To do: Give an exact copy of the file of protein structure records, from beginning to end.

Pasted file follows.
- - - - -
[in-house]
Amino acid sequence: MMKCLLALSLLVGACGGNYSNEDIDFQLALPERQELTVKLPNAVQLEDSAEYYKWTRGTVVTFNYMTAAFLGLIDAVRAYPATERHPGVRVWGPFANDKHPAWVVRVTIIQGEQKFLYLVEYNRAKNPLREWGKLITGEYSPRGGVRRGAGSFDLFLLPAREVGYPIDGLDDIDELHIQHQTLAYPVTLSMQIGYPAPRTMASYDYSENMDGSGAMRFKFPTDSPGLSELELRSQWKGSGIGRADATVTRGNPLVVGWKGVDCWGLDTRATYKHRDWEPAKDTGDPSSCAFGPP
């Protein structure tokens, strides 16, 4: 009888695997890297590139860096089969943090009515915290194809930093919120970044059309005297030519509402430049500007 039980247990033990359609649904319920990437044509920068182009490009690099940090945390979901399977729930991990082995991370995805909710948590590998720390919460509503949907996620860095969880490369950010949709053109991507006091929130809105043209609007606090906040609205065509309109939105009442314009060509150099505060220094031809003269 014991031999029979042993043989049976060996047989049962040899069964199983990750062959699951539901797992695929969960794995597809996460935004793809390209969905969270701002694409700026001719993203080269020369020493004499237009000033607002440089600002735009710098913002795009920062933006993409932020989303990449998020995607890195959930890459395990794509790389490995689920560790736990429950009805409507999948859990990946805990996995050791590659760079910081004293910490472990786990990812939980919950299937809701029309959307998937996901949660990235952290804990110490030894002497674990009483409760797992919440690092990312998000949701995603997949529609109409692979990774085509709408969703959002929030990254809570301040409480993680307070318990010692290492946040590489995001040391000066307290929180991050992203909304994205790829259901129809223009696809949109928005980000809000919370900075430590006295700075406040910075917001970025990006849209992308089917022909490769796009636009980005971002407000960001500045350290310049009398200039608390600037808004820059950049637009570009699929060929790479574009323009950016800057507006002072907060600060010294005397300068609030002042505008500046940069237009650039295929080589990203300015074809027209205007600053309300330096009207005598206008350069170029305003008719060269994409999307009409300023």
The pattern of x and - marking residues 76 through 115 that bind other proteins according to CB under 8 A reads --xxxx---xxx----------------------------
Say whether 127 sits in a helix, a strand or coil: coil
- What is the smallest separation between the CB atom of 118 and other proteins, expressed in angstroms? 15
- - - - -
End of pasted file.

[in-house]
Amino acid sequence: MMKCLLALSLLVGACGGNYSNEDIDFQLALPERQELTVKLPNAVQLEDSAEYYKWTRGTVVTFNYMTAAFLGLIDAVRAYPATERHPGVRVWGPFANDKHPAWVVRVTIIQGEQKFLYLVEYNRAKNPLREWGKLITGEYSPRGGVRRGAGSFDLFLLPAREVGYPIDGLDDIDELHIQHQTLAYPVTLSMQIGYPAPRTMASYDYSENMDGSGAMRFKFPTDSPGLSELELRSQWKGSGIGRADATVTRGNPLVVGWKGVDCWGLDTRATYKHRDWEPAKDTGDPSSCAFGPP
């Protein structure tokens, strides 16, 4: 009888695997890297590139860096089969943090009515915290194809930093919120970044059309005297030519509402430049500007 039980247990033990359609649904319920990437044509920068182009490009690099940090945390979901399977729930991990082995991370995805909710948590590998720390919460509503949907996620860095969880490369950010949709053109991507006091929130809105043209609007606090906040609205065509309109939105009442314009060509150099505060220094031809003269 014991031999029979042993043989049976060996047989049962040899069964199983990750062959699951539901797992695929969960794995597809996460935004793809390209969905969270701002694409700026001719993203080269020369020493004499237009000033607002440089600002735009710098913002795009920062933006993409932020989303990449998020995607890195959930890459395990794509790389490995689920560790736990429950009805409507999948859990990946805990996995050791590659760079910081004293910490472990786990990812939980919950299937809701029309959307998937996901949660990235952290804990110490030894002497674990009483409760797992919440690092990312998000949701995603997949529609109409692979990774085509709408969703959002929030990254809570301040409480993680307070318990010692290492946040590489995001040391000066307290929180991050992203909304994205790829259901129809223009696809949109928005980000809000919370900075430590006295700075406040910075917001970025990006849209992308089917022909490769796009636009980005971002407000960001500045350290310049009398200039608390600037808004820059950049637009570009699929060929790479574009323009950016800057507006002072907060600060010294005397300068609030002042505008500046940069237009650039295929080589990203300015074809027209205007600053309300330096009207005598206008350069170029305003008719060269994409999307009409300023």
The pattern of x and - marking residues 76 through 115 that bind other proteins according to CB under 8 A reads --xxxx---xxx----------------------------
Say whether 127 sits in a helix, a strand or coil: coil
- What is the smallest separation between the CB atom of 118 and other proteins, expressed in angstroms? 15